Herman Melville

(1 August 1819 – 28 September 1891 / New York City, New York)

Herman Melville Quotes

  • ''beauty is like piety—you cannot run and read it; tranquility and constancy, with, now-a-days, an easy chair, are needed.''
    Herman Melville (1819-1891), U.S. author. "The Piazza" (1856), The Piazza Tales and Other Prose Pieces 1839-1860, The Writings of Herman Melville, vol. 9, eds. Harrison Hayford, Alma A. MacDougall, and G. Thomas Tanselle (1987).
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  • ''It is those deep far-away things in him; those occasional flashings-forth of the intuitive Truth in him; those short, quick probings at the very axis of reality;Mthese are the things that make Shakespeare, Shakespeare.''
    Herman Melville (1819-1891), U.S. author. "Hawthorne and His Mosses" (1850), The Piazza Tales and Other Prose Pieces 1839-1860, The Writings of Herman Melville, vol. 9, eds. Harrison Hayford, Alma A. MacDougall, and G. Thomas Tanselle (1987).
  • ''If Shakespeare has not been equalled, he is sure to be surpassed, and surpassed by an American born now or yet to be born.''
    Herman Melville (1819-1891), U.S. author. "Hawthorne and His Mosses" (1850), The Piazza Tales and Other Prose Pieces 1839-1860, The Writings of Herman Melville, vol. 9, eds. Harrison Hayford, Alma A. MacDougall, and G. Thomas Tanselle (1987).
  • ''There are two places in the world where men can most effectively disappear—the city of London and the South Seas.''
    Herman Melville (1819-1891), U.S. author. "The South Seas" (1858-59), The Piazza Tales and Other Prose Pieces 1839-1860, The Writings of Herman Melville, vol. 9, eds. Harrison Hayford, Alma A. MacDougall, and G. Thomas Tanselle (1987). A lecture.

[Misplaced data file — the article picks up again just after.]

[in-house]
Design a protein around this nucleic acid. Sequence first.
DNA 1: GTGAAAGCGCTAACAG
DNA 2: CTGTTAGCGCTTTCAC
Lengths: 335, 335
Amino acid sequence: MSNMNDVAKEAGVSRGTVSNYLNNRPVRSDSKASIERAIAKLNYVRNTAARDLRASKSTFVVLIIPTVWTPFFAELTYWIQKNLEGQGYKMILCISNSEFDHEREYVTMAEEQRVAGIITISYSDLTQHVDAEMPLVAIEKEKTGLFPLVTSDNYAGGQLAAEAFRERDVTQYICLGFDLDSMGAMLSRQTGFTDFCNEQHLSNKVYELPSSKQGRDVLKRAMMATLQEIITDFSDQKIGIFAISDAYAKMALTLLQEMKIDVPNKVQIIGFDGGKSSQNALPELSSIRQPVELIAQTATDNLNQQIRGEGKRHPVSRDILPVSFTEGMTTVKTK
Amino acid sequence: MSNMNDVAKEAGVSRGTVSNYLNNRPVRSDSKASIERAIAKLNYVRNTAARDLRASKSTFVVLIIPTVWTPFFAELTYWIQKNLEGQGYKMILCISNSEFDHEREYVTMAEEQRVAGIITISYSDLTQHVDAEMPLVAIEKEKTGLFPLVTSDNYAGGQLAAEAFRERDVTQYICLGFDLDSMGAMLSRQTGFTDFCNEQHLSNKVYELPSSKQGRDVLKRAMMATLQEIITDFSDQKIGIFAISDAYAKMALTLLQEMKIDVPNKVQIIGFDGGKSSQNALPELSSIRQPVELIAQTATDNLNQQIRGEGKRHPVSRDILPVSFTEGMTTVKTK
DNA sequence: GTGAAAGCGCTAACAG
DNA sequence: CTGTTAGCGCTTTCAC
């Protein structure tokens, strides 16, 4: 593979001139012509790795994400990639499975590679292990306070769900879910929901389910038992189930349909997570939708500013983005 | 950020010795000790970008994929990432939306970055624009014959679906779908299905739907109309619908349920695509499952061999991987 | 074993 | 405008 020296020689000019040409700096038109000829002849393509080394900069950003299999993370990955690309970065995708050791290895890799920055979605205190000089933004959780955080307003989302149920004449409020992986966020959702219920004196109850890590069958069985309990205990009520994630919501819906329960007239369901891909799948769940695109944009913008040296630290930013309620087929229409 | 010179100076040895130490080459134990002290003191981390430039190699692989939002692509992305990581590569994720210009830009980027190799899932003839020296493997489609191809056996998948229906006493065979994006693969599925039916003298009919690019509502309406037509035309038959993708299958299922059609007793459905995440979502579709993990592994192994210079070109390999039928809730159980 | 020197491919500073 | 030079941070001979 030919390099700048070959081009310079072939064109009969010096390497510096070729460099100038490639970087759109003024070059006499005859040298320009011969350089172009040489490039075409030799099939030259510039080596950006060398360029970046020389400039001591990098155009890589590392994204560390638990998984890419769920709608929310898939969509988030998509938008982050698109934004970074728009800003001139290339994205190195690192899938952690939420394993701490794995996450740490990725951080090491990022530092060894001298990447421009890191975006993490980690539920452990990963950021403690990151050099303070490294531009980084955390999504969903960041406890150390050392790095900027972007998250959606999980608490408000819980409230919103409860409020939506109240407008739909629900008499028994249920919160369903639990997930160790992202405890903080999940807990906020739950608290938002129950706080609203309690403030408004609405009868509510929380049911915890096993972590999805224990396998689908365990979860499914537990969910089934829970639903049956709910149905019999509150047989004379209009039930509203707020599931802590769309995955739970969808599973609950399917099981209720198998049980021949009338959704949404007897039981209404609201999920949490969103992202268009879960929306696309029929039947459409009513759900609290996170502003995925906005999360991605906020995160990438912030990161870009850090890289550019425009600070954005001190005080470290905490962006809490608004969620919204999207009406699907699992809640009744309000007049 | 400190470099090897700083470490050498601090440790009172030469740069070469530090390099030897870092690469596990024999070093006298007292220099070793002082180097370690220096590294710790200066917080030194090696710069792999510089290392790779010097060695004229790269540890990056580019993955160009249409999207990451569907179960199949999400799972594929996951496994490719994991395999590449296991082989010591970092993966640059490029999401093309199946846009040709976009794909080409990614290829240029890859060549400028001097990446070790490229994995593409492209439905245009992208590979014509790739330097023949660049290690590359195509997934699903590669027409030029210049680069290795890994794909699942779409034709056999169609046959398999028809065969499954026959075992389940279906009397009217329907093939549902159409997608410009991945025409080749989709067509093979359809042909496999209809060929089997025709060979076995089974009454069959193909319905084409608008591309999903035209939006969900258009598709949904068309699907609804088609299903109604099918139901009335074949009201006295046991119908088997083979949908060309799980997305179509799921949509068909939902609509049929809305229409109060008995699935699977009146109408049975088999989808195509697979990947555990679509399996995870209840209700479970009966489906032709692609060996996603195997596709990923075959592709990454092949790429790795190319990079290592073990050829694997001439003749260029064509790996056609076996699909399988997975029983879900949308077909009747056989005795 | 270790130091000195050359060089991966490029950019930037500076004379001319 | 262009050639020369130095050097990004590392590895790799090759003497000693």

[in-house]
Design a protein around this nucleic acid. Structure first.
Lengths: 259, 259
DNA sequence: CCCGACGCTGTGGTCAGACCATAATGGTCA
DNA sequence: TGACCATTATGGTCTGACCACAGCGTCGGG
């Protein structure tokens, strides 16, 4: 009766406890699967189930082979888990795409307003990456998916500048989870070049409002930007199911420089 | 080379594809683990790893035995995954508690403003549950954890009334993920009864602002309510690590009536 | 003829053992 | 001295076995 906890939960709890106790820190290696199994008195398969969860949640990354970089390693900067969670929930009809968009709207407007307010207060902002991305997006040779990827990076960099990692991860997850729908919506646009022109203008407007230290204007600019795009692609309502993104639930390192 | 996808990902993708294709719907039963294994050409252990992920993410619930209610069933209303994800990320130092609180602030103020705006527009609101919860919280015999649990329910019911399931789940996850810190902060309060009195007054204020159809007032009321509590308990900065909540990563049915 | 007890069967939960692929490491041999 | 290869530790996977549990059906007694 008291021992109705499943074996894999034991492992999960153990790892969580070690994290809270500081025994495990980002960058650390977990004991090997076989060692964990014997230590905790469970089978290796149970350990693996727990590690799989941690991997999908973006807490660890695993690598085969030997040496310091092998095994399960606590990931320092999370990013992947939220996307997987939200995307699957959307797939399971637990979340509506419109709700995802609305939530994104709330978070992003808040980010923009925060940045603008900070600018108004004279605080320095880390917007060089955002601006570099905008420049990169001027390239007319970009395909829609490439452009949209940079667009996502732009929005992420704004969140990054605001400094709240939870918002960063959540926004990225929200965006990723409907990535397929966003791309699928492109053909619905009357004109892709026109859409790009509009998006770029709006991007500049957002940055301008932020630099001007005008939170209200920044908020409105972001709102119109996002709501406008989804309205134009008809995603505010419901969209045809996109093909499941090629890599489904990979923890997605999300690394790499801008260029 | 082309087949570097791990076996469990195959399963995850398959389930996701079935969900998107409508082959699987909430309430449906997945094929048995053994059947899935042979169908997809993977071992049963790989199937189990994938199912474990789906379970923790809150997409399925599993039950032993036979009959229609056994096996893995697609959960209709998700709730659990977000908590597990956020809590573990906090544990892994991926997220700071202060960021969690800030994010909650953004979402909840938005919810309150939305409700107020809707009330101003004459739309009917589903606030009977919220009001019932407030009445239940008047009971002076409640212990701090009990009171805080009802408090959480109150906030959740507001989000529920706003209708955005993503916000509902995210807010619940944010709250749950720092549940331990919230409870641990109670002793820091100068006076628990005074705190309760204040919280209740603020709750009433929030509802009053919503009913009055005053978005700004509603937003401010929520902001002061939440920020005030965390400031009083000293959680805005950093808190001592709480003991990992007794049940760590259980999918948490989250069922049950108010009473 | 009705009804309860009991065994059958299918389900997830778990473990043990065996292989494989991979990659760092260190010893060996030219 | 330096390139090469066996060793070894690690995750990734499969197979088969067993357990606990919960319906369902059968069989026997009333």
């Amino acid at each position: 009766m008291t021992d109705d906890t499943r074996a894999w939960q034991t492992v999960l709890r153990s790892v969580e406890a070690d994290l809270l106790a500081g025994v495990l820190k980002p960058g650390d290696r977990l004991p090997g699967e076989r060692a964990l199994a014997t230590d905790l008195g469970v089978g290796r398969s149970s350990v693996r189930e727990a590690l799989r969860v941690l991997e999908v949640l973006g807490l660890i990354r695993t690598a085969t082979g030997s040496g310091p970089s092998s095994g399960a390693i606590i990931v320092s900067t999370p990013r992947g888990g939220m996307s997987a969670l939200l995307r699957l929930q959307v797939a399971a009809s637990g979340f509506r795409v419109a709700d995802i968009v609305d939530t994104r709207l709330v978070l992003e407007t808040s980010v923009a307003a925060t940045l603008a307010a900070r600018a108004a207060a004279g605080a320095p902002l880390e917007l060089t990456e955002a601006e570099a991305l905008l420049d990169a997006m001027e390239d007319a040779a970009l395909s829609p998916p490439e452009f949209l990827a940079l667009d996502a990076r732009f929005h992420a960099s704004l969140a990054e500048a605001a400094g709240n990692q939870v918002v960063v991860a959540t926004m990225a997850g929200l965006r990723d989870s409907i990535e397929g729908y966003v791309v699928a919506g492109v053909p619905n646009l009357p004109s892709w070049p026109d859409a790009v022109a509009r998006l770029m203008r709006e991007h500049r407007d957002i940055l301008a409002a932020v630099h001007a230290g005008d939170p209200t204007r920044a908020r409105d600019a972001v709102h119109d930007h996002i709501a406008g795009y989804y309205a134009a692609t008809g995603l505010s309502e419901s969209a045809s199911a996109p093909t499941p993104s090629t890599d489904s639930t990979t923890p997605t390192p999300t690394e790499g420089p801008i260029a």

• ''The man that has anything bountifully laughable about him, be sure there is more in that man than you perhaps think for.''
    Herman Melville (1819-1891), U.S. author. Moby-Dick (1851), ch. 5, The Writings of Herman Melville, vol. 6, eds. Harrison Hayford, Hershel Parker, and G. Thomas Tanselle (1988).
  • ''All the world over, the picturesque yields to the pocketesque.''
    Herman Melville (1819-1891), U.S. author. "I and My Chimney" (1856), The Piazza Tales and Other Prose Pieces 1839-1860, The Writings of Herman Melville, vol. 9, eds. Harrison Hayford, Alma A. MacDougall, and G. Thomas Tanselle (1987).
  • ''While nature thus very early and very abundantly feeds us, she is very late in tutoring us as to the proper methodization of our diet.''
    Herman Melville (1819-1891), U.S. author. Pierre (1852), bk. XVIII, The Writings of Herman Melville, vol. 7, eds. Harrison Hayford, Hershel Parker, and G. Thomas Tanselle (1971).
  • ''When among wild beasts, if they menace you, be a wild beast.''
    Herman Melville (1819-1891), U.S. author. Israel Potter (1855), ch. 22, The Writings of Herman Melville, vol. 8, eds. Harrison Hayford, Hershel Parker, and G. Thomas Tanselle (1982).
  • ''As in digging for precious metals in the mines, much earthy rubbish has first to be troublesomely handled and thrown out; so, in digging in one's soul for the fine gold of genius, much dullness and common-place is first brought to light.''
    Herman Melville (1819-1891), U.S. author. Pierre (1852), bk. XVIII, The Writings of Herman Melville, vol. 7, eds. Harrison Hayford, Hershel Parker, and G. Thomas Tanselle (1971).
  • ''Intrepid, unprincipled, reckless, predatory, with boundless ambition, civilized in externals but a savage at heart, America is, or may yet be, the Paul Jones of nations.''
    Herman Melville (1819-1891), U.S. author. Israel Potter (1855), ch. 19, The Writings of Herman Melville, vol. 8, eds. Harrison Hayford, Hershel Parker, and G. Thomas Tanselle (1982).

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Best Poem of Herman Melville

Art

In placid hours well-pleased we dream
Of many a brave unbodied scheme.
But form to lend, pulsed life create,
What unlike things must meet and mate:
A flame to melt--a wind to freeze;
Sad patience--joyous energies;
Humility--yet pride and scorn;
Instinct and study; love and hate;
Audacity--reverence. These must mate,
And fuse with Jacob's mystic heart,
To wrestle with the angel--Art.

Read the full of Art

Gettysburg

O Pride of the days in prime of the months
Now trebled in great renown,
When before the ark of our holy cause
Fell Dagon down-
Dagon foredoomed, who, armed and targed,
Never his impious heart enlarged
Beyond that hour; God walled his power,
And there the last invader charged.

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